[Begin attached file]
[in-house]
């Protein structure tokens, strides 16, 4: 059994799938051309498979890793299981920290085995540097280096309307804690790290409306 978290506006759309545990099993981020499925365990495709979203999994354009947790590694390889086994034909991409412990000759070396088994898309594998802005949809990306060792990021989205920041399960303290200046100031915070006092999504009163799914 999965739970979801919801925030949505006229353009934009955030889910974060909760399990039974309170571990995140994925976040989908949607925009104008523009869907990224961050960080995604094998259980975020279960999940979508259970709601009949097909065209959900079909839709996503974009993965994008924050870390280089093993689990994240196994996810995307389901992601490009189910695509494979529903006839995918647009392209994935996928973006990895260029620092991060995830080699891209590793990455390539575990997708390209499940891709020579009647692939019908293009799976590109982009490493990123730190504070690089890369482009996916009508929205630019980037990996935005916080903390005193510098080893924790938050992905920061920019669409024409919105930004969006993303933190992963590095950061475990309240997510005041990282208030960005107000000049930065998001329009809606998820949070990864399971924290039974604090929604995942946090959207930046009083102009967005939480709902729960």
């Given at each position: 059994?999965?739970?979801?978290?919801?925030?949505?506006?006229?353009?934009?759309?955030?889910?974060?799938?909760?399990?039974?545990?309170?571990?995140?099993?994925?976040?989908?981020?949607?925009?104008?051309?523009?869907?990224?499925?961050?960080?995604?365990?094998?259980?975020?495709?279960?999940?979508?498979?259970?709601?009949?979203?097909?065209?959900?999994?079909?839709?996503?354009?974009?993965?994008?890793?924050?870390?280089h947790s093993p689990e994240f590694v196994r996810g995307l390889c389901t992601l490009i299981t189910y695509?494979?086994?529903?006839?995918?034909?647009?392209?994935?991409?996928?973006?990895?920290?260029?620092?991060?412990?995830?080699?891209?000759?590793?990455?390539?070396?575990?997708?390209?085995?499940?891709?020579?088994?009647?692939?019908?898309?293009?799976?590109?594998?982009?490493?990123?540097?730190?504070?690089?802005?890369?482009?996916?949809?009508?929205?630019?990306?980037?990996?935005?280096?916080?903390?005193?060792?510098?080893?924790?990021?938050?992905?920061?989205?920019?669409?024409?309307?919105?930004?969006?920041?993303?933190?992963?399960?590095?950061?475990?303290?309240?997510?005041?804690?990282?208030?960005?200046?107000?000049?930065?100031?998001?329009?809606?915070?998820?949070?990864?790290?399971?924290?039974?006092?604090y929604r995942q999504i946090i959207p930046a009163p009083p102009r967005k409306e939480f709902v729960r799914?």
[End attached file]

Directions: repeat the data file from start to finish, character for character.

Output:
[in-house]
């Protein structure tokens, strides 16, 4: 059994799938051309498979890793299981920290085995540097280096309307804690790290409306 978290506006759309545990099993981020499925365990495709979203999994354009947790590694390889086994034909991409412990000759070396088994898309594998802005949809990306060792990021989205920041399960303290200046100031915070006092999504009163799914 999965739970979801919801925030949505006229353009934009955030889910974060909760399990039974309170571990995140994925976040989908949607925009104008523009869907990224961050960080995604094998259980975020279960999940979508259970709601009949097909065209959900079909839709996503974009993965994008924050870390280089093993689990994240196994996810995307389901992601490009189910695509494979529903006839995918647009392209994935996928973006990895260029620092991060995830080699891209590793990455390539575990997708390209499940891709020579009647692939019908293009799976590109982009490493990123730190504070690089890369482009996916009508929205630019980037990996935005916080903390005193510098080893924790938050992905920061920019669409024409919105930004969006993303933190992963590095950061475990309240997510005041990282208030960005107000000049930065998001329009809606998820949070990864399971924290039974604090929604995942946090959207930046009083102009967005939480709902729960």
């Given at each position: 059994?999965?739970?979801?978290?919801?925030?949505?506006?006229?353009?934009?759309?955030?889910?974060?799938?909760?399990?039974?545990?309170?571990?995140?099993?994925?976040?989908?981020?949607?925009?104008?051309?523009?869907?990224?499925?961050?960080?995604?365990?094998?259980?975020?495709?279960?999940?979508?498979?259970?709601?009949?979203?097909?065209?959900?999994?079909?839709?996503?354009?974009?993965?994008?890793?924050?870390?280089h947790s093993p689990e994240f590694v196994r996810g995307l390889c389901t992601l490009i299981t189910y695509?494979?086994?529903?006839?995918?034909?647009?392209?994935?991409?996928?973006?990895?920290?260029?620092?991060?412990?995830?080699?891209?000759?590793?990455?390539?070396?575990?997708?390209?085995?499940?891709?020579?088994?009647?692939?019908?898309?293009?799976?590109?594998?982009?490493?990123?540097?730190?504070?690089?802005?890369?482009?996916?949809?009508?929205?630019?990306?980037?990996?935005?280096?916080?903390?005193?060792?510098?080893?924790?990021?938050?992905?920061?989205?920019?669409?024409?309307?919105?930004?969006?920041?993303?933190?992963?399960?590095?950061?475990?303290?309240?997510?005041?804690?990282?208030?960005?200046?107000?000049?930065?100031?998001?329009?809606?915070?998820?949070?990864?790290?399971?924290?039974?006092?604090y929604r995942q999504i946090i959207p930046a009163p009083p102009r967005k409306e939480f709902v729960r799914?």